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Crowd BTL Investing: Landbay vs CrowdLords

Landbay* is a P2P lending website that allows you to lend your money to experienced buy-to-let investors.

CrowdLords is not P2P lending. It's being a buy-to-let investor yourself, albeit as part of a crowd of landlords sharing a property.

Note that CrowdLords is for people classified as “high-net worth” or “sophisticated investors”. Still, the following article might interest you because much of it is still relevant if you want to know the difference between lending to landlords through P2P websites and becoming a landlord yourself.

BTL lending (Landbay) is lower risk

Lending to landlords is lower risk than being a landlord yourself, which means, everything else being equal, Landbay is lower risk than CrowdLords.

The main reason is that you're higher up the food chain if the property needs to be sold when something has gone wrong. After the sale, you get your money back first, including interest, then banks and other lenders do, and, finally, if there's any money left, the landlords get some or all of their money back.

If Landbay didn't know what it was doing or if it was deliberately aiming for higher-risk lending, the above might not have been true. But Landbay is highly selective of the landlords it allows to borrow and the properties must be earning at least 1.25 times the mortgage payment in rent.

In addition, the most that Landbay* will allow landlords to borrow is 80% of the estimated value of the property, giving individual lenders a safety net in case the property needs to be repossessed and sold.

BTL investing (CrowdLords) is higher reward

Precisely because it is lower risk, Landbay's mortgages pay you less too.

You are currently offered 3.56% for easyCrowdLords v Landbay: Easy access isn't guaranteed access (see sidebox) or 4.4% for a three-year fixed deal, with the protection of a modest bad-debt provision fund and the substantial protection of the property itself.

CrowdLords, on the other hand, is offering projected returns of between 6% and 8% on the three properties currently available for you to become a joint BTL owner in right now.

That estimated return of 8% per year might typically include 3%-4% per year in income from rent (after costs) plus a guess at how much profit you'll make on selling the property at a higher value in five years, e.g. 16%.

Even higher returns are available if you invest in developer-BTL properties, which means your investment helps fund the development and then, when it's completed, it turns into a BTL property that you co-own. There's one such property offering an estimated 16% per year, but the risks are also substantially higher.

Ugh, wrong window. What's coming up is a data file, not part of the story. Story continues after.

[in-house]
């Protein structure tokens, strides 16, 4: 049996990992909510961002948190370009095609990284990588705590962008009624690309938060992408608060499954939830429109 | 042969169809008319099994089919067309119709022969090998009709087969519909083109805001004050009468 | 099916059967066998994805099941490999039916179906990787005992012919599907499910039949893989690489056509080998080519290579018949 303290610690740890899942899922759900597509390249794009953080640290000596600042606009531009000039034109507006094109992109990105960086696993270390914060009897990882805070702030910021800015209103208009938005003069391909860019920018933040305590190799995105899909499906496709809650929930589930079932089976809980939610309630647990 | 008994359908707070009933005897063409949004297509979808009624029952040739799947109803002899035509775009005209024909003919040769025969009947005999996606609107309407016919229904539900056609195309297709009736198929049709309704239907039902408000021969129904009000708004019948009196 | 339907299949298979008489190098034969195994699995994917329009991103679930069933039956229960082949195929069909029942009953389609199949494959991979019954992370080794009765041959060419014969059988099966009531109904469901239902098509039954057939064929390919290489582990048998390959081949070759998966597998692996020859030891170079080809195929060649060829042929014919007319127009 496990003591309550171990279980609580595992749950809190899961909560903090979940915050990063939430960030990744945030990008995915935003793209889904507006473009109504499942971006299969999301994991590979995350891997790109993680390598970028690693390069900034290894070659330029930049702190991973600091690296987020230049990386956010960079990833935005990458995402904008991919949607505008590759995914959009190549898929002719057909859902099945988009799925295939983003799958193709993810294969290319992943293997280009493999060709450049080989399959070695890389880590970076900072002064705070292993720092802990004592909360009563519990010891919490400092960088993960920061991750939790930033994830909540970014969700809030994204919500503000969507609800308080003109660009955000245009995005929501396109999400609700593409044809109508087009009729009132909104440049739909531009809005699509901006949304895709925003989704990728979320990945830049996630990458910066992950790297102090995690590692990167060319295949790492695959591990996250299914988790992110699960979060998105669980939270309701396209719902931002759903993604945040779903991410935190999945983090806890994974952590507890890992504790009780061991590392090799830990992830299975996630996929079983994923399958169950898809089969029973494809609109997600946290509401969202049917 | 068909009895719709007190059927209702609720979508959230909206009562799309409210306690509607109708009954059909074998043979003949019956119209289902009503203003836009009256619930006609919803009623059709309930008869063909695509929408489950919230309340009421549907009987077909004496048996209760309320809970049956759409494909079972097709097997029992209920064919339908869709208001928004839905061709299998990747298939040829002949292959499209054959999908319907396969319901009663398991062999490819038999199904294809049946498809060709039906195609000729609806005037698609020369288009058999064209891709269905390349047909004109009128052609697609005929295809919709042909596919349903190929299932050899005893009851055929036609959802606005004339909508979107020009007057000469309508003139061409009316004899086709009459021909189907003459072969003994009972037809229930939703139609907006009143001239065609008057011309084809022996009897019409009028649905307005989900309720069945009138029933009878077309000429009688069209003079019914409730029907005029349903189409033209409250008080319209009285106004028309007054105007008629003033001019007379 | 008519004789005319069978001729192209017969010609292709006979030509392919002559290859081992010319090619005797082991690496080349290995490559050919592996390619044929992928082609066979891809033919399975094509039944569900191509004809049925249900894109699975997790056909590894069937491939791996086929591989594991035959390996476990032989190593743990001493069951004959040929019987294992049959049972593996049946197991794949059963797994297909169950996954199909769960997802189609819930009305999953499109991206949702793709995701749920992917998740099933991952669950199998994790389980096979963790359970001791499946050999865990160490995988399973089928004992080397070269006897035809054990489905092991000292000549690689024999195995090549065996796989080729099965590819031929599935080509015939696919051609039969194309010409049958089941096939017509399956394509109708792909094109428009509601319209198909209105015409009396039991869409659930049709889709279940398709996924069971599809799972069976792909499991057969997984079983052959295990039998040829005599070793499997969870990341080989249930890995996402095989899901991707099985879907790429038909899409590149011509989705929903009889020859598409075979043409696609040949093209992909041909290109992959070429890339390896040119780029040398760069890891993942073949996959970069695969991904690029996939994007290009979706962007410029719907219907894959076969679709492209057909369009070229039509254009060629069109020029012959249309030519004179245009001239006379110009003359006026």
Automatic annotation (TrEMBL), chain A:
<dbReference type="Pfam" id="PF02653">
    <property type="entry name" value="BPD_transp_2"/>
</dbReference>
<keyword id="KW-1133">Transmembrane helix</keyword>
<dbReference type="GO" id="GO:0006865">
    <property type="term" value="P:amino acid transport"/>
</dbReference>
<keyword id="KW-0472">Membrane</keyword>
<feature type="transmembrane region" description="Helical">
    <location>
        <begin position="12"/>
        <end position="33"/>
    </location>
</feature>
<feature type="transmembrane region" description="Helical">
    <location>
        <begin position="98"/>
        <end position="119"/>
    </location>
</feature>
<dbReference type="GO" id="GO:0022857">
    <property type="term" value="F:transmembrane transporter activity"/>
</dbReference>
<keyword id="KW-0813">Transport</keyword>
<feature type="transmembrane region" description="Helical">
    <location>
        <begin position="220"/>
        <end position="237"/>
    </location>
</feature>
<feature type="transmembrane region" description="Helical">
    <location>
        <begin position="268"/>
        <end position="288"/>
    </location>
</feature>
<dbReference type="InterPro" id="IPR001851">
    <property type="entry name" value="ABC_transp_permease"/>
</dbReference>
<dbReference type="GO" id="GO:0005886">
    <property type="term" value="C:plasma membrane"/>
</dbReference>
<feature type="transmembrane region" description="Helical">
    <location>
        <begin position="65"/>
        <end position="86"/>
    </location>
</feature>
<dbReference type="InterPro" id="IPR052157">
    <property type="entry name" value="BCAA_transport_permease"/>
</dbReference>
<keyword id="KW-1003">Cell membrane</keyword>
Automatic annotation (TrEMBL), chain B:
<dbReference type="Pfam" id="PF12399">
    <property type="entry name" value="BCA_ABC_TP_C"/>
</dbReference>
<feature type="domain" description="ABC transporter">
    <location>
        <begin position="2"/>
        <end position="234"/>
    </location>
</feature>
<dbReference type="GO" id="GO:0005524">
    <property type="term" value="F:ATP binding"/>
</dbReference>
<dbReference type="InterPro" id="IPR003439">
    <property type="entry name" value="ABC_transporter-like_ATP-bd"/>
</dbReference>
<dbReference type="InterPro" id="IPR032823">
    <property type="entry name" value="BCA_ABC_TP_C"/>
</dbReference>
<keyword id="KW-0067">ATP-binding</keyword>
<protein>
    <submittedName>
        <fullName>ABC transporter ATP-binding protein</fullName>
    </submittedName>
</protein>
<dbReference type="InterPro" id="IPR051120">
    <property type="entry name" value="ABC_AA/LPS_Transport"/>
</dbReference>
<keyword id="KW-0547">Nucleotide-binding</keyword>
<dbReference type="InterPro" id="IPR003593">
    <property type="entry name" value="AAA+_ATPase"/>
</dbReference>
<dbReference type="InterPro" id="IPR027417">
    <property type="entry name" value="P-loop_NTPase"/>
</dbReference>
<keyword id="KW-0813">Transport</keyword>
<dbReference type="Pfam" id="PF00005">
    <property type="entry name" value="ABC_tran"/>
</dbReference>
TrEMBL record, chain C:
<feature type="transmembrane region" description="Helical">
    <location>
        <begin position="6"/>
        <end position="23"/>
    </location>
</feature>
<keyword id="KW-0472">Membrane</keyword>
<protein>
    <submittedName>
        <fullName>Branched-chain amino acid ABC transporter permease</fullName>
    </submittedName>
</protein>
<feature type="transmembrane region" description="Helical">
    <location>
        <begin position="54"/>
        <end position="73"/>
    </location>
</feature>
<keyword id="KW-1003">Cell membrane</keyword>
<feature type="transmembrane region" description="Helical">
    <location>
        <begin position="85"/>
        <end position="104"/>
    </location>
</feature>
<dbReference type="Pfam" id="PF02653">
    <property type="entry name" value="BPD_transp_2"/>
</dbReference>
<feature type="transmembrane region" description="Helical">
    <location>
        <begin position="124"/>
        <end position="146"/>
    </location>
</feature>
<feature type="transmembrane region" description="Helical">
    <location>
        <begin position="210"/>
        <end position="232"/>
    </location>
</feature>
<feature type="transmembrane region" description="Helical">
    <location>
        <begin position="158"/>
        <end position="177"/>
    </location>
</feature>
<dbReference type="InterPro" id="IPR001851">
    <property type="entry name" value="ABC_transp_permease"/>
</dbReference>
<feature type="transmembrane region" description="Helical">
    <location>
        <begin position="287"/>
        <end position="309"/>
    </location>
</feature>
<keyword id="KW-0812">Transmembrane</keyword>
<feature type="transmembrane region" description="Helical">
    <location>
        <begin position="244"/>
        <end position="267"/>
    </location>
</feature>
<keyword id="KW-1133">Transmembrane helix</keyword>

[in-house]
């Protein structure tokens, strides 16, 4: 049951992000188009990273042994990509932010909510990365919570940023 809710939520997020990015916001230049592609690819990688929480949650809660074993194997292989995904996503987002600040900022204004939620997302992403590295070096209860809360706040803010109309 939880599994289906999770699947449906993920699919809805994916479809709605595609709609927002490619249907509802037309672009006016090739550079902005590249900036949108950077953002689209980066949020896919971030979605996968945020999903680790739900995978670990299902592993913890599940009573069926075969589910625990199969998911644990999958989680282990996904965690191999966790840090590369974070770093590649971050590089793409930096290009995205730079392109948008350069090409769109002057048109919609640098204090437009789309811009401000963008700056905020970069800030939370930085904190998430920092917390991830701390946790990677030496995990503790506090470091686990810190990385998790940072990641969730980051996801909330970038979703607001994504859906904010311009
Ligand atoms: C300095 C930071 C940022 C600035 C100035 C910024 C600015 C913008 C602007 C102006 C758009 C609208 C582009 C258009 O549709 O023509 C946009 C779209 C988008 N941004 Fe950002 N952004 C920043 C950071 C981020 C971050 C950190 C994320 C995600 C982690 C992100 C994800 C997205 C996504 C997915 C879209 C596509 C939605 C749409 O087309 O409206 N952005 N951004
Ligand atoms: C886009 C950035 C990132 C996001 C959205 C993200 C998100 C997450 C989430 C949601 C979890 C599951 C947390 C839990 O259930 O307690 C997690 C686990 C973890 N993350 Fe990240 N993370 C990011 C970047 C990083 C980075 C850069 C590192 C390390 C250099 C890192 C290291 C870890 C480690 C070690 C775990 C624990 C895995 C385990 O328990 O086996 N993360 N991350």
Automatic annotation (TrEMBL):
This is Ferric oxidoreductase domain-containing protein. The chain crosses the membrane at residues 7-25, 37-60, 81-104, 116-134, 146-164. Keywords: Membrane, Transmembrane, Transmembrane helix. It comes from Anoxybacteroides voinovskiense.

CrowdLords isn't identical to BTL

CrowdLords properties come from other landlords, who pass on some of their ownership to you, so that they can buy even more properties

These landlords run the properties for you, so you don't have to.

On the downside, one of the attractions of being a BTL landlord is that you increase the rewards (and risks) by borrowing most of the money you need to buy the property.

Here's an example to clarify that. Say you have £100,000 to invest:

  • If you buy a property for £100,000 with cash and the price rises 10%, you make £10,000.
  • If you put your £100,000 down as a deposit on a £200,000 property, and that property rises 10% in value, you make £20,000, so you actually make 20% on the deal.

So your initial outlay is the same but you make twice as much money. Naturally, borrowing increases your risks considerably too.

Through CrowdLords, you miss out on the advantage (and risk) of borrowing to buy. That probably explains why the returns of 6% to 8% are a modest premium over many of the safest P2P lending websites for the additional risks involved.

CrowdLords is not selective

One thing that increases your risks is that CrowdLords doesn't select investments for you like Landbay selects its borrowers.

Even new and accidental landlords are allowed to offer you a share of their properties through CrowdLords. So it's entirely down to you to judge them.

This never happens in P2P lending, at least not yet, where borrowers usually have some very stiff, or at least reasonably stiff, checks that they have to pass before they're allowed to access your cash.

CrowdLords has virtually no history yet, so we'll watch it with interest – albeit from the sidelines, since it's not P2P lending and therefore not part of the 4thWay to save and invest.

*Commission, fees and impartial research: our service is free to you. 4thWay shows dozens of P2P lending accounts in our accurate comparison tables and we add new ones as they make it through our listing process. We receive compensation from Landbay, and other P2P lending companies not mentioned above either when you click through from our website and open accounts with them, or to cover the costs of conducting our calculated stress tests and ratings assessments. We vigorously ensure that this doesn't affect our editorial independence. Read How we earn money fairly with your help.

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